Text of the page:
But then, eventually, it was "Pulkvedim neviens neraksta", or the Colonel, one of the first big names to open in Old Town in the nineties, that became the first and the loudest to shut down in 2015. In less than a decade vast majority of the previously named and many others slipped out of Old Riga or out of our lives. Not one, or two, or maybe three. Almost all. Dozens or more. Of course, there could be a place for a discussion, whether any of the bars were really as good as their popularity granted, and were they as idiosyncratic and valuable as the legendary Chomsky Bar that though was shut down recently in the Central Riga instead.

One is sure - the fall of Old Town's local night life has taken the very last significant jump recently. Meaning that two of the most new-age-old-school vibrant places with their own specific taste and message, the hipster+indie "I Love You" and the grunge pub Aptieka "The Pharmacy" announcing their closures in one week's period past December.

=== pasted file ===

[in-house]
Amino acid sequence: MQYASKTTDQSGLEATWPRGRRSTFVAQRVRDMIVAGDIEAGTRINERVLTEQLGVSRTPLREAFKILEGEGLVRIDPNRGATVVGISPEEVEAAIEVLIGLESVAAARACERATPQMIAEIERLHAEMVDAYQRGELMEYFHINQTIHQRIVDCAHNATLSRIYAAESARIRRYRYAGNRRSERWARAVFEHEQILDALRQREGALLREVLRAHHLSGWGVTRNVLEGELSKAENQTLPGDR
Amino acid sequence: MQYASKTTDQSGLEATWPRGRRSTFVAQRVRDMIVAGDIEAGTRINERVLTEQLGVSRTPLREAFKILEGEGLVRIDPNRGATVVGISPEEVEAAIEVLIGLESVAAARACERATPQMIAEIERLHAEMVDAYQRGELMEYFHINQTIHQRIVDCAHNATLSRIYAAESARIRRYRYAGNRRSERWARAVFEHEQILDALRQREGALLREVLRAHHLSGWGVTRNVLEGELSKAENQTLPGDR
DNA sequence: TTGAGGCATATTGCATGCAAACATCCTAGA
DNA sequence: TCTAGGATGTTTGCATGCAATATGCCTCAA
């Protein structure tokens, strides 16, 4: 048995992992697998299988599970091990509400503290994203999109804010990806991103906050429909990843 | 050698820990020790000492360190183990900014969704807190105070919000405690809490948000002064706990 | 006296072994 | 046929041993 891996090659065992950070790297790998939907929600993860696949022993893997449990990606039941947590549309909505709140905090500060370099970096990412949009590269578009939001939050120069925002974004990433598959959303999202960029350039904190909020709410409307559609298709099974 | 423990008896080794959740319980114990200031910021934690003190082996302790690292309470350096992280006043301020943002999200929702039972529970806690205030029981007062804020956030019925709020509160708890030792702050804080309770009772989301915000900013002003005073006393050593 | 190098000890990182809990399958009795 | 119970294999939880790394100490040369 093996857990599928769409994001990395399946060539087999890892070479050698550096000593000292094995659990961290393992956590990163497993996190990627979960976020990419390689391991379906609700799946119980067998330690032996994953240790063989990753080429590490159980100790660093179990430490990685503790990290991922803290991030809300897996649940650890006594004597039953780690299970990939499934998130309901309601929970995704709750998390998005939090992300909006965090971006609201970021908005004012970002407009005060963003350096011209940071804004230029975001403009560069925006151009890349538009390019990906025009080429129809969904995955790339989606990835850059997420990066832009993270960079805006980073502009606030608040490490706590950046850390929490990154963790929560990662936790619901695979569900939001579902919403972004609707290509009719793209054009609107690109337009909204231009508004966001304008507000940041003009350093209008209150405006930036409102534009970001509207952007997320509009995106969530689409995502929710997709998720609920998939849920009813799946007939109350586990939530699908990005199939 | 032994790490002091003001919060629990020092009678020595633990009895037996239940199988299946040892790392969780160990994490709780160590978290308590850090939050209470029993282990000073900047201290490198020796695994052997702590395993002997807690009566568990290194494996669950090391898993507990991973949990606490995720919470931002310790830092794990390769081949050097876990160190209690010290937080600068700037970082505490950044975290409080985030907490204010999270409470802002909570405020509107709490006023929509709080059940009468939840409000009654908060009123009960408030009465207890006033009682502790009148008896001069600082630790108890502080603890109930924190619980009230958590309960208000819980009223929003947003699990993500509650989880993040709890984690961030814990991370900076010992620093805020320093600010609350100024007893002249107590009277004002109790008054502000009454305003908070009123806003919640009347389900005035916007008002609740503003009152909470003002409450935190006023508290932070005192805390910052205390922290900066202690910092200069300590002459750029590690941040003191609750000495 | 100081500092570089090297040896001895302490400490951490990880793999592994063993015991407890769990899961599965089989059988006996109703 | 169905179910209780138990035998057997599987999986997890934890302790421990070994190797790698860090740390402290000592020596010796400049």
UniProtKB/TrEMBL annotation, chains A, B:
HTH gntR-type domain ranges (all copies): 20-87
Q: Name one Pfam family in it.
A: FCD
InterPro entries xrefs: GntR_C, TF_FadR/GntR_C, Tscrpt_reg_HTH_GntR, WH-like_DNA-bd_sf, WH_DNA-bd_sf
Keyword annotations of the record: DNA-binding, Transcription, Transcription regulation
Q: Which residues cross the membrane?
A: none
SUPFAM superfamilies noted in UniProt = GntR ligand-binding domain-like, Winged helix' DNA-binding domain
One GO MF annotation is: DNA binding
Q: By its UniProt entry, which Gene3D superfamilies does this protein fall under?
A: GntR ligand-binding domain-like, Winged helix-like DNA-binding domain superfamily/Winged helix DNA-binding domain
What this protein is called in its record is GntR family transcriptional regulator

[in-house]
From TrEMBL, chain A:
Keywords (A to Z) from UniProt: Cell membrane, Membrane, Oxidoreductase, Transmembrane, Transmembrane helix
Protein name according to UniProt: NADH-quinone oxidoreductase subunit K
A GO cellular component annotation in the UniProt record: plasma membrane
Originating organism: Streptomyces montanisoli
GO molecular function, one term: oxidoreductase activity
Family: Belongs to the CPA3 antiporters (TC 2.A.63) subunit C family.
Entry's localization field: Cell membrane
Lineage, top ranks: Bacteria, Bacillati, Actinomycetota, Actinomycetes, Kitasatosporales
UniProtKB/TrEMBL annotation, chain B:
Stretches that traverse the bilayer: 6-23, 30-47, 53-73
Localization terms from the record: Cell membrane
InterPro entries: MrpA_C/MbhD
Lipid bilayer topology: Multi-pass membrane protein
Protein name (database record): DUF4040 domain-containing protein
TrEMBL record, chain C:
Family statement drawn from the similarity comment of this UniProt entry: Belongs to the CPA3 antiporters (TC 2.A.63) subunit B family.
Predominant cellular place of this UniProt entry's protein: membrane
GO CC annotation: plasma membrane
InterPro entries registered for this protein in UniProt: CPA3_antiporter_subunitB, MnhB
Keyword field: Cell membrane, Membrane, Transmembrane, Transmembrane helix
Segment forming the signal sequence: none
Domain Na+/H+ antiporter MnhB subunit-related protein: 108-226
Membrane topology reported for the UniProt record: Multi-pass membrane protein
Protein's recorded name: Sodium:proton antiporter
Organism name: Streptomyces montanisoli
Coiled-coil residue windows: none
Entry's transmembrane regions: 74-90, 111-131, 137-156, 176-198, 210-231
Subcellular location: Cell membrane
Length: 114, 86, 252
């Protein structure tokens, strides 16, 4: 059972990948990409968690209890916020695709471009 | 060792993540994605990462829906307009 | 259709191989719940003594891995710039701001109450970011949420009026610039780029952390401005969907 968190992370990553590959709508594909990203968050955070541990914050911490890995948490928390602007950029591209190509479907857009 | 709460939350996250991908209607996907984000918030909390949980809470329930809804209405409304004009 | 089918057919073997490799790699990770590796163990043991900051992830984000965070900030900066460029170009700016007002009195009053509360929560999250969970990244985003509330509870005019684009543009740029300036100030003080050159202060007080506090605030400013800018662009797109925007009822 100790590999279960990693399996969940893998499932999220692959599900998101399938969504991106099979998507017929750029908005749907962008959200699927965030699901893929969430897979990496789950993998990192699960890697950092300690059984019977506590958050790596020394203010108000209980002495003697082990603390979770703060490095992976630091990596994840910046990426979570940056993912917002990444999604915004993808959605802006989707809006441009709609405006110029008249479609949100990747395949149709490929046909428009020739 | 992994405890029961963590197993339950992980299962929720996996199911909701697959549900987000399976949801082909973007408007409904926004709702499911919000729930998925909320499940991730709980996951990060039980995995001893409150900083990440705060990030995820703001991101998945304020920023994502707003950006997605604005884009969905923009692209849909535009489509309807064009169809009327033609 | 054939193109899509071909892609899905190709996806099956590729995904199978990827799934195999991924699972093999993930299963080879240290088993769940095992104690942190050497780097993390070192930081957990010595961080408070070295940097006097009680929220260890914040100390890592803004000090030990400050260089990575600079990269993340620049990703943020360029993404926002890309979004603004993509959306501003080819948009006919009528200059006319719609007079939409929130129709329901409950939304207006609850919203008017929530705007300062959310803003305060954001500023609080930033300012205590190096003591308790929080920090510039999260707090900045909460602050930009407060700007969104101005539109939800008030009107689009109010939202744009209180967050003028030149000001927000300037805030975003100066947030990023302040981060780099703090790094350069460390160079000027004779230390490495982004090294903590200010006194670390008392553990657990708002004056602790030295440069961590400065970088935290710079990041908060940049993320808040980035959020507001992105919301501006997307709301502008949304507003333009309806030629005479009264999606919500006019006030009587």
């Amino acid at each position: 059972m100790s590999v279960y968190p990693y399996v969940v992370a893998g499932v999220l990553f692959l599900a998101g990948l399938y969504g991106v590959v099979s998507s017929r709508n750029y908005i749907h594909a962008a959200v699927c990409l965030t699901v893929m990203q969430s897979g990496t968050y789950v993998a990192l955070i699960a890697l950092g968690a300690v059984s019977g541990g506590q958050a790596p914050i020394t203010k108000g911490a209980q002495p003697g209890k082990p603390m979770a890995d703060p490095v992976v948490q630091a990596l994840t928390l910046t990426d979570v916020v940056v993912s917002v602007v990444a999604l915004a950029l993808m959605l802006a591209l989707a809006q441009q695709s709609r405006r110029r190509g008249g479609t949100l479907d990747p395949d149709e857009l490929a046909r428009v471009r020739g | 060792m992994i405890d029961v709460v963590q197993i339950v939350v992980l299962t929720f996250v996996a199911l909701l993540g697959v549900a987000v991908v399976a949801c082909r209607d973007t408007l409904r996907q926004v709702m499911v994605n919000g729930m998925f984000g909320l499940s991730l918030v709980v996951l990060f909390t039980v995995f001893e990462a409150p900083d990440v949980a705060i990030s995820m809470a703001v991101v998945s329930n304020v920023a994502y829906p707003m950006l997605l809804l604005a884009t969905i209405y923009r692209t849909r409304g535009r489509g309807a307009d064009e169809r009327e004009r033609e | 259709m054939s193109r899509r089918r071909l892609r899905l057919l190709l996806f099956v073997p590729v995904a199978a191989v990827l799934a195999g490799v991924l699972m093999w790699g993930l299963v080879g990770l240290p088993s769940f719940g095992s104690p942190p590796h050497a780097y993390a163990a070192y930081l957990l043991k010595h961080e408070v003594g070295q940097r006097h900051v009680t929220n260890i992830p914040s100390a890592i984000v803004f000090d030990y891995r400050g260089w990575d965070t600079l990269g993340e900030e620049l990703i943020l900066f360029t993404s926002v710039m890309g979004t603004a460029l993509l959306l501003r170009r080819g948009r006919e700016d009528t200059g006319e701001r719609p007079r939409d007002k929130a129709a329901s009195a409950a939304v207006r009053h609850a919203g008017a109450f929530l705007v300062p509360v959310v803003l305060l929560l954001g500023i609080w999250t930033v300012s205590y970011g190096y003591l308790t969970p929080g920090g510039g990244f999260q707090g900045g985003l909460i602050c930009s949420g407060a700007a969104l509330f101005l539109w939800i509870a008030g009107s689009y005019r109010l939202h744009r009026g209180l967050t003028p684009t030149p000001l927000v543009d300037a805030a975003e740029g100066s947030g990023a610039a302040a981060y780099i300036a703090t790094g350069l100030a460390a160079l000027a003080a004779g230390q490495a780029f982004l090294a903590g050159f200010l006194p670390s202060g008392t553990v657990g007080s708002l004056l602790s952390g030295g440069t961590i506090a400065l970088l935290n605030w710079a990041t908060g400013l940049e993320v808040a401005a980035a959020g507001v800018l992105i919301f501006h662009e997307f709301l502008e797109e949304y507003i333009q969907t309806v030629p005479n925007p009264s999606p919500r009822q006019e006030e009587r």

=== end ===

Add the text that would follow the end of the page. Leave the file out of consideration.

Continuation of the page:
The beginning of the fall might be related to the global crisis after 2009, when the real estate boom really bombarded the Old City, and the regular customers lost their jobs around that time. Things fell for the first time.

Then, perhaps, places were empty because of locals considering tourists evil and wrong of which they, at some point, were (especially the West-European stag parties pooping up the atmosphere). Or simply maybe because there are a bunch of superb new places manifesting in the centre and suburbs, that are more cozy and closer to work, home and heart.

Finally, some locations, even successful ones, got closed by successful, but dead tired owners. Or sold and then closed by ill-fated purveyors next in line. Being in a catering/party business for a decade or more might be fruitful, but is hard and weary job. Especially if you live in a city with a limited audience group.